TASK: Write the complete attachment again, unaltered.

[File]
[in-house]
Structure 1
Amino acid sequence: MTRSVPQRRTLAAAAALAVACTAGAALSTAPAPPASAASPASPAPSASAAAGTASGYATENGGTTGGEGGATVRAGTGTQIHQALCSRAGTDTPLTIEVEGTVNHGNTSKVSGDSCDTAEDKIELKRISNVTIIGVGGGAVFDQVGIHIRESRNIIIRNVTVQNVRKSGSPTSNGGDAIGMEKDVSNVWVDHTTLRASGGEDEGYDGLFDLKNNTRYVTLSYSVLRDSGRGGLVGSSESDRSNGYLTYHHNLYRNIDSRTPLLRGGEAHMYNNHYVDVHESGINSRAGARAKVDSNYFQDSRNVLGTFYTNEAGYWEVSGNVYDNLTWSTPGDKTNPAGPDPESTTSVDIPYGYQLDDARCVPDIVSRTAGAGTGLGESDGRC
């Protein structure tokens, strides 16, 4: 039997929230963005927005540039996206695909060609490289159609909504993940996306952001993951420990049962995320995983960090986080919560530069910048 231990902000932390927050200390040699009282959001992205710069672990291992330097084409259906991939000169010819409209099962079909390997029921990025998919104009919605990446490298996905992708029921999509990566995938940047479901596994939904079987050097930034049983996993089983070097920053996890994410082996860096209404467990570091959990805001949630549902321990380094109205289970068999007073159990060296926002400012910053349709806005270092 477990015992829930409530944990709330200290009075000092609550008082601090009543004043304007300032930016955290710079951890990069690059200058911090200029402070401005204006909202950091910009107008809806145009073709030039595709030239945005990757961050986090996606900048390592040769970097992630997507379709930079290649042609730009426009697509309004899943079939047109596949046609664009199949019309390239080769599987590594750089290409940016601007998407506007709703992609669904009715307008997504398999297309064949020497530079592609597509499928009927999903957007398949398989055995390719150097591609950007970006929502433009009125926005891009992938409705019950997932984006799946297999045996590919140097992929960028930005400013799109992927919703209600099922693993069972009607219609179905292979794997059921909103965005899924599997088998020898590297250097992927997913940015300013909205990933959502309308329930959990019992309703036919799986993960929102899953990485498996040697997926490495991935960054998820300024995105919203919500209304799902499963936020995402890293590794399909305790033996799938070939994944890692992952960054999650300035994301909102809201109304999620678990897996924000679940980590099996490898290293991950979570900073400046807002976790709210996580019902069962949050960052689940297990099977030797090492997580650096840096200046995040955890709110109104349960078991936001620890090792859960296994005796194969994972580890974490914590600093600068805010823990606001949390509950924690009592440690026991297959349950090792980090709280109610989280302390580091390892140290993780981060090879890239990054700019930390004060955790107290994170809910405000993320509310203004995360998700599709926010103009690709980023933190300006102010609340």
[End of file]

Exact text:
[in-house]
Structure 1
Amino acid sequence: MTRSVPQRRTLAAAAALAVACTAGAALSTAPAPPASAASPASPAPSASAAAGTASGYATENGGTTGGEGGATVRAGTGTQIHQALCSRAGTDTPLTIEVEGTVNHGNTSKVSGDSCDTAEDKIELKRISNVTIIGVGGGAVFDQVGIHIRESRNIIIRNVTVQNVRKSGSPTSNGGDAIGMEKDVSNVWVDHTTLRASGGEDEGYDGLFDLKNNTRYVTLSYSVLRDSGRGGLVGSSESDRSNGYLTYHHNLYRNIDSRTPLLRGGEAHMYNNHYVDVHESGINSRAGARAKVDSNYFQDSRNVLGTFYTNEAGYWEVSGNVYDNLTWSTPGDKTNPAGPDPESTTSVDIPYGYQLDDARCVPDIVSRTAGAGTGLGESDGRC
């Protein structure tokens, strides 16, 4: 039997929230963005927005540039996206695909060609490289159609909504993940996306952001993951420990049962995320995983960090986080919560530069910048 231990902000932390927050200390040699009282959001992205710069672990291992330097084409259906991939000169010819409209099962079909390997029921990025998919104009919605990446490298996905992708029921999509990566995938940047479901596994939904079987050097930034049983996993089983070097920053996890994410082996860096209404467990570091959990805001949630549902321990380094109205289970068999007073159990060296926002400012910053349709806005270092 477990015992829930409530944990709330200290009075000092609550008082601090009543004043304007300032930016955290710079951890990069690059200058911090200029402070401005204006909202950091910009107008809806145009073709030039595709030239945005990757961050986090996606900048390592040769970097992630997507379709930079290649042609730009426009697509309004899943079939047109596949046609664009199949019309390239080769599987590594750089290409940016601007998407506007709703992609669904009715307008997504398999297309064949020497530079592609597509499928009927999903957007398949398989055995390719150097591609950007970006929502433009009125926005891009992938409705019950997932984006799946297999045996590919140097992929960028930005400013799109992927919703209600099922693993069972009607219609179905292979794997059921909103965005899924599997088998020898590297250097992927997913940015300013909205990933959502309308329930959990019992309703036919799986993960929102899953990485498996040697997926490495991935960054998820300024995105919203919500209304799902499963936020995402890293590794399909305790033996799938070939994944890692992952960054999650300035994301909102809201109304999620678990897996924000679940980590099996490898290293991950979570900073400046807002976790709210996580019902069962949050960052689940297990099977030797090492997580650096840096200046995040955890709110109104349960078991936001620890090792859960296994005796194969994972580890974490914590600093600068805010823990606001949390509950924690009592440690026991297959349950090792980090709280109610989280302390580091390892140290993780981060090879890239990054700019930390004060955790107290994170809910405000993320509310203004995360998700599709926010103009690709980023933190300006102010609340």